This is *exactly* why I am so glad we use gentle parenting techniques. Let’s just look at the two possible scenarios here: 1) son melts down, you get angrier and angrier, end up screaming at him to behave in the store. This doesn’t work, so you take him to the car and put him in timeout. Shopping doesn’t get done. He screams the whole way home. You put him in his room and don’t discover the sore teeth for another hour. He was miserable the whole time (and not “misbehaving”). or 2) son melts down. You realize that the uncomfortable feelings you are having stem from the fact that you don’t want complete strangers (who will never matter in your life) to judge you for your son’s “misbehavior” in the store. You choose to ignore said uncomfortable feelings and get down on your son’s level to talk to him gently. In the process of hugging him, you find the blood on your shirt and discover the molars are causing the meltdown within 5 minutes. You give teething tablets (or motrin or an ice pack or whatever), your son calms down, you reconnect with him and move on with your day.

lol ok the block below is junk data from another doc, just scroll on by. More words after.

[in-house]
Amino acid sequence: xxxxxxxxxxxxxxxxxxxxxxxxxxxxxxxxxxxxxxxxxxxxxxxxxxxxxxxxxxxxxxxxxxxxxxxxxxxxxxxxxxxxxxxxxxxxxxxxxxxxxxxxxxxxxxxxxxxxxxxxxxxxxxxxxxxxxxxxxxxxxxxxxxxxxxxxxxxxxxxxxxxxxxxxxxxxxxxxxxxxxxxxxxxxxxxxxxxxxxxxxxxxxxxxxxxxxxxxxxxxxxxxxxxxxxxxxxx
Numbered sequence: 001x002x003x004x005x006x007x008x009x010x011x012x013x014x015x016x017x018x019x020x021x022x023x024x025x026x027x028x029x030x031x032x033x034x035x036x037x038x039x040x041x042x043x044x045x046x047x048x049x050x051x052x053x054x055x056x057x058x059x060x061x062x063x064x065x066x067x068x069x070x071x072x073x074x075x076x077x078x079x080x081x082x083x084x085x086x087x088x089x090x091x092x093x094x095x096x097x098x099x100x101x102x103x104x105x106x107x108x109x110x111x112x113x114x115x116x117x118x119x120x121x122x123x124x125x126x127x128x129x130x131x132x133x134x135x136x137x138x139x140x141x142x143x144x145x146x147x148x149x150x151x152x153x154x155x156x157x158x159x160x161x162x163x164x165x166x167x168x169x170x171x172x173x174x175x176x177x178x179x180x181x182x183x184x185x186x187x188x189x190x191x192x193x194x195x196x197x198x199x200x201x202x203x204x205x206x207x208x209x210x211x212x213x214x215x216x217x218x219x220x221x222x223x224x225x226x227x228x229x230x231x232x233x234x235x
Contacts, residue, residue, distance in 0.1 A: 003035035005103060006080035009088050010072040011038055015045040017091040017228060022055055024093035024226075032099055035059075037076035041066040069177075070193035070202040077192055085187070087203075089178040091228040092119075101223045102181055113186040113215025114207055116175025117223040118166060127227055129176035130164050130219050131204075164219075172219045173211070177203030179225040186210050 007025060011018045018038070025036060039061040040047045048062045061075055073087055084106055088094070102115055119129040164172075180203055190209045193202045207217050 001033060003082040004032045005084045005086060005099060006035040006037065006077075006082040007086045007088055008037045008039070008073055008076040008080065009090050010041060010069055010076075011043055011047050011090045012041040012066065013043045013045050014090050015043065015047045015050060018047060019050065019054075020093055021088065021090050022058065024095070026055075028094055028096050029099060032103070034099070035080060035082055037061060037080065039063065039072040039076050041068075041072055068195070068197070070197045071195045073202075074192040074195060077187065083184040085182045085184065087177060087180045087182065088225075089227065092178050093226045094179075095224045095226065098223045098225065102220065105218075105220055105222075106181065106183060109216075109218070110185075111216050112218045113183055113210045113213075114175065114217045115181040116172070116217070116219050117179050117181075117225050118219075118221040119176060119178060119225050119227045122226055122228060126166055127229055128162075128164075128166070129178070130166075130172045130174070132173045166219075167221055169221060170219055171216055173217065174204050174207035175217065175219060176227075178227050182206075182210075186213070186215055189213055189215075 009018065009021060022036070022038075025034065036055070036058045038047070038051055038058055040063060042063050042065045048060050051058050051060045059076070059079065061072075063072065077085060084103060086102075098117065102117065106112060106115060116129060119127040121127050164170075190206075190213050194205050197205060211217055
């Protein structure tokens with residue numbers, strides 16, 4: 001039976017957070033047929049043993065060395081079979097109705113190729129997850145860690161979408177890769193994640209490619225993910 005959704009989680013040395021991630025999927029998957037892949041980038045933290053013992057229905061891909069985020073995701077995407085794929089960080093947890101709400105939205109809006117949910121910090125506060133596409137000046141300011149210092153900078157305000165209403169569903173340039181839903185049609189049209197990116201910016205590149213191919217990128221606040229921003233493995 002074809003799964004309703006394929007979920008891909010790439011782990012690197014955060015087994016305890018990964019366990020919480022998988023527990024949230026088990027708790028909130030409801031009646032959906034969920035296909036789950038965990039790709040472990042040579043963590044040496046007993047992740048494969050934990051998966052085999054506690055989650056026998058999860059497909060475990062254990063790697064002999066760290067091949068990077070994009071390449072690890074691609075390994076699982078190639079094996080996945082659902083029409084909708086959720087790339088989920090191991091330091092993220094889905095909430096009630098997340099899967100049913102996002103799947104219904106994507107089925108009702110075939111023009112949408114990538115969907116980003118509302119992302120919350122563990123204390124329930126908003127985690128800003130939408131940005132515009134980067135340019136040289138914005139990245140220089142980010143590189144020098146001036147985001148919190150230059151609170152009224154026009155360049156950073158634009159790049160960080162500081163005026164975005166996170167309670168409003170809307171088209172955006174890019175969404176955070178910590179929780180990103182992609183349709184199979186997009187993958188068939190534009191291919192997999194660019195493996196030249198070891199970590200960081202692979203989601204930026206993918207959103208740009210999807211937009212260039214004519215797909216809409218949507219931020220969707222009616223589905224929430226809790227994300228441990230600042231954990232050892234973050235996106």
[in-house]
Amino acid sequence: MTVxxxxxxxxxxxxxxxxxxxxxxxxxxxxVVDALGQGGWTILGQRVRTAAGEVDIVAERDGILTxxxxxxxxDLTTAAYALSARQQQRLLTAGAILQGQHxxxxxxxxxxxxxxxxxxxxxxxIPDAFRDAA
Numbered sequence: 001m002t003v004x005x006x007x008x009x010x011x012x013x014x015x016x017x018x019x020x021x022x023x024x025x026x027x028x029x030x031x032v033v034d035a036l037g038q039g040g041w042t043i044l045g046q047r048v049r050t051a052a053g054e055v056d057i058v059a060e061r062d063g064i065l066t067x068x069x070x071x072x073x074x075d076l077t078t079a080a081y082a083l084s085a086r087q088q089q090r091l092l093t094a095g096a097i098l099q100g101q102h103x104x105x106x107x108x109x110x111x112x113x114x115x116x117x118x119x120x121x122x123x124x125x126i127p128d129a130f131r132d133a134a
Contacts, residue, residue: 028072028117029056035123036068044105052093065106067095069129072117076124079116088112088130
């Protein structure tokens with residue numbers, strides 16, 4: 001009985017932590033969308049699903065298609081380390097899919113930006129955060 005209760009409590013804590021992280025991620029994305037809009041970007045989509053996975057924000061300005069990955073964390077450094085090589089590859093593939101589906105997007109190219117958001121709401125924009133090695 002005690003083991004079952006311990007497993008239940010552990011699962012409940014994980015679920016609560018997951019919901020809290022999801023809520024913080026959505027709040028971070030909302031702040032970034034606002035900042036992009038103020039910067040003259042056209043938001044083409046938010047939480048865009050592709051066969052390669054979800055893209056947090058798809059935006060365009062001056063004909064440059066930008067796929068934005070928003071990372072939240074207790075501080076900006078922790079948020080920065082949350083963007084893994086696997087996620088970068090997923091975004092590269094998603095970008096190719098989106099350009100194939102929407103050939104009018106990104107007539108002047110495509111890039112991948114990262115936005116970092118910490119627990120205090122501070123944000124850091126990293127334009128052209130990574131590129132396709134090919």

So the answer to your question is that YOU answered it – two is hard, but taking time to hug instead of get mad is often exactly what you need to do. So often Kieran gets upset (screaming/crying upset) and I have *no* idea what is going on. Usually, if I take the time to talk to him, I will get insight into *why* he is mad/sad/nervous/disappointed and I can help him deal with the root of the problem. That is gentle parenting – figuring out what’s going on instead of just dealing with the behavior.

      Your comment (written up in a post form) is exactly what I’m looking for – you hugged your toddler instead of getting mad at him. *That* is gentle parenting, even though it is often very hard. :)

      • HAHA WIN!! I thought I was still being kind of mean because I said “Collin William. I know you don’t like grocery shopping but I have to get food or we wont have any eats [thats what he calls dinner, eats]”. Then I did what I had to do. When he STILL wasn’t calming down, thats when I hugged him and figured it out.

        Apparently I am a gentler parent than I thought and that makes me feel SO good!!! Thanks for replying!!

  6. Tashmica   mother_flippin

    I think I have just the thing. With a 20 month old there are plenty of new behaviors that need some gentle guidance. I will get to work or play. Depending on how you look at it!

  7. Sara   FamilyOrganic

    Hi Dionna! I just wanted to say thanks for recommending Playful Parenting, I picked it up from the library and it’s such a great read! Thanks so much! :)